Auditions made her sweat. But she wanted to keep acting, so she kept going.
She trembled so much during one casting call that the director marked her feedback card as ‘disability.’ A week later, a different director told her she'd never get a part on television. In the months after, camera crews complained that she was glistening. Nevertheless, after a year of auditions, she managed to land a role as a police detective in a spin-off of a successful crime drama.
It was the sort of production she'd looked down upon early in her stage career. The crime show was full of cliches. But it was full of those cliches with her, a woman, as part of a police force. She tried her best. During the work on the first two episodes, she surprised herself by finding some depth and strength to her character.
For the third episode, she was told she would need to break through a door. She studied the director to see if he was serious. He was. The announcement, coupled with her initial read-through of the script, triggered her anxiety again.
"There's a holiday coming up," the director said after the read-through. "The union says that some of our crew have to have a break. We've decided that everyone will get five days. Sound, stage, and lights crew will meet here next Monday. Cast and makeup report on Tuesday."
Everyone clapped except for her. A break was the last thing she wanted. Her gaze drifted to the nearest door. She knew that the time to think about her stunt would make her performance worse. Even before she walked off the set, she started to think about all of the ways her scene could go wrong.
That evening, she went home and practiced on her apartment door. It was impossible. The wood was solid. It would never break. She tried to be quiet about testing it so her neighbors wouldn't complain but as she tried it over and over, she hurt her shoulder. Now, she realized, she had an injury on top of her impossible stunt on Tuesday.
For the next couple of days, she decided to limit herself to working out at the gym. She focused on not creating more trauma for her left shoulder. Part of her hoped she could make the rest of her body stronger. At the gym, she found a hollow, interior door. She practiced bumping it with her other shoulder, her right one, but she bruised herself. As she struggled to practice without making things worse, she avoided both shoulders and bumped her head. As a result of that, she gave herself a bruise that a makeup artist would have to cover.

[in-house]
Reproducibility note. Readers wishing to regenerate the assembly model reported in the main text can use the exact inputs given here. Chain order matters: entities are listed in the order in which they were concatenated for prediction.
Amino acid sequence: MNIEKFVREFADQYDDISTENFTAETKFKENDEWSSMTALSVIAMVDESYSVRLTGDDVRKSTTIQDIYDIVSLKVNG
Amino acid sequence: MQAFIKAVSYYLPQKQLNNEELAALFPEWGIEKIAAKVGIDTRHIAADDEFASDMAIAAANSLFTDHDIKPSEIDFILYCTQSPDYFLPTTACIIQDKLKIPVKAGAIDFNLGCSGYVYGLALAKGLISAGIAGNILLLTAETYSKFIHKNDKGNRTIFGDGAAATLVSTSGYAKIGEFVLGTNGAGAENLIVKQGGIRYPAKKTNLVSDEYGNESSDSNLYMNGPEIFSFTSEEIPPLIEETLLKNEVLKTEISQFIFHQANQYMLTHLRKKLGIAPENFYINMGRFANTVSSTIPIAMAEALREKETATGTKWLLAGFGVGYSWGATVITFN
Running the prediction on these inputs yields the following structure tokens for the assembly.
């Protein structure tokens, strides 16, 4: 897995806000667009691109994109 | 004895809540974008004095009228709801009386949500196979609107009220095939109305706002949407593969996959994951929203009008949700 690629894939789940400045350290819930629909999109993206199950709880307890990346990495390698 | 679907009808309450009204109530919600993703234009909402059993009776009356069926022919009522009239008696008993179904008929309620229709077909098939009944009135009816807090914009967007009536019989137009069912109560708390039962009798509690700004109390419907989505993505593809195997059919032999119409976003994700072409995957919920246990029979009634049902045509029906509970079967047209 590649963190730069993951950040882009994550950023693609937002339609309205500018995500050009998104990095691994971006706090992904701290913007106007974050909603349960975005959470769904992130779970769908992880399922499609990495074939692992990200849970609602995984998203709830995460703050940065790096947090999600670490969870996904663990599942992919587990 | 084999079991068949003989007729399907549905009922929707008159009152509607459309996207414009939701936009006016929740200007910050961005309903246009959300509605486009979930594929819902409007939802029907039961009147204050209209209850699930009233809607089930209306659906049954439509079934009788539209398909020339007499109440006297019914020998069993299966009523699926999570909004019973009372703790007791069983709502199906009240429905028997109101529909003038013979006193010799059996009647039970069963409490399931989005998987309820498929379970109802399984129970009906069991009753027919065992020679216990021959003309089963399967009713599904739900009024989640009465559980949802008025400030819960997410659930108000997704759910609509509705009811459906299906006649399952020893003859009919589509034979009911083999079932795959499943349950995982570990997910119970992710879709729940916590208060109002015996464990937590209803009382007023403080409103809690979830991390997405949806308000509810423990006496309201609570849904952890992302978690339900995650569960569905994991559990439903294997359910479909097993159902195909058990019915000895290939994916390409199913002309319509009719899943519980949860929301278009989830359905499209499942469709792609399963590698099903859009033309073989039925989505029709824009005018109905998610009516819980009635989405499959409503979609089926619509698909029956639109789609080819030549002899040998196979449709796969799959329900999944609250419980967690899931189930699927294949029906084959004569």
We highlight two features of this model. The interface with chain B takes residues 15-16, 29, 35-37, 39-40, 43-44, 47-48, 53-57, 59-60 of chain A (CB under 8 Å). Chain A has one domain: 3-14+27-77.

She observed her own compulsions about the stunt and wondered if she were mentally ill. But she couldn't stop thinking about it and the ways it would get her fired. Eventually, she realized that she couldn't practice any more.
She devoted the last day of her break to memorizing the script. By the end of a late lunch, she'd memorized her own part and everyone else's.
That night, she tried to sleep. She's only gotten an hour the night before. She knew it was important to get the right rest. Still, her body wouldn't relax. She resorted to doing another workout to build up her strength and expend her nervous energy.
In the morning, she asked her makeup artist if there were anything unusual today for the stunts.
"What stunt are you doing?"
"Just breaking down a door."
"Sometimes there's a special request from the director. Not this time, though. You aren't supposed to get bloody or anything."
"Good." It was reassuring except for how she hadn't considered that before.
When she reported for costume, the women there gave her the standard, generic police uniform outfit.
"I don't need shoulder pads or anything?"
"Breaking down a door."
"No one told me anything, honey. Kick it, I guess."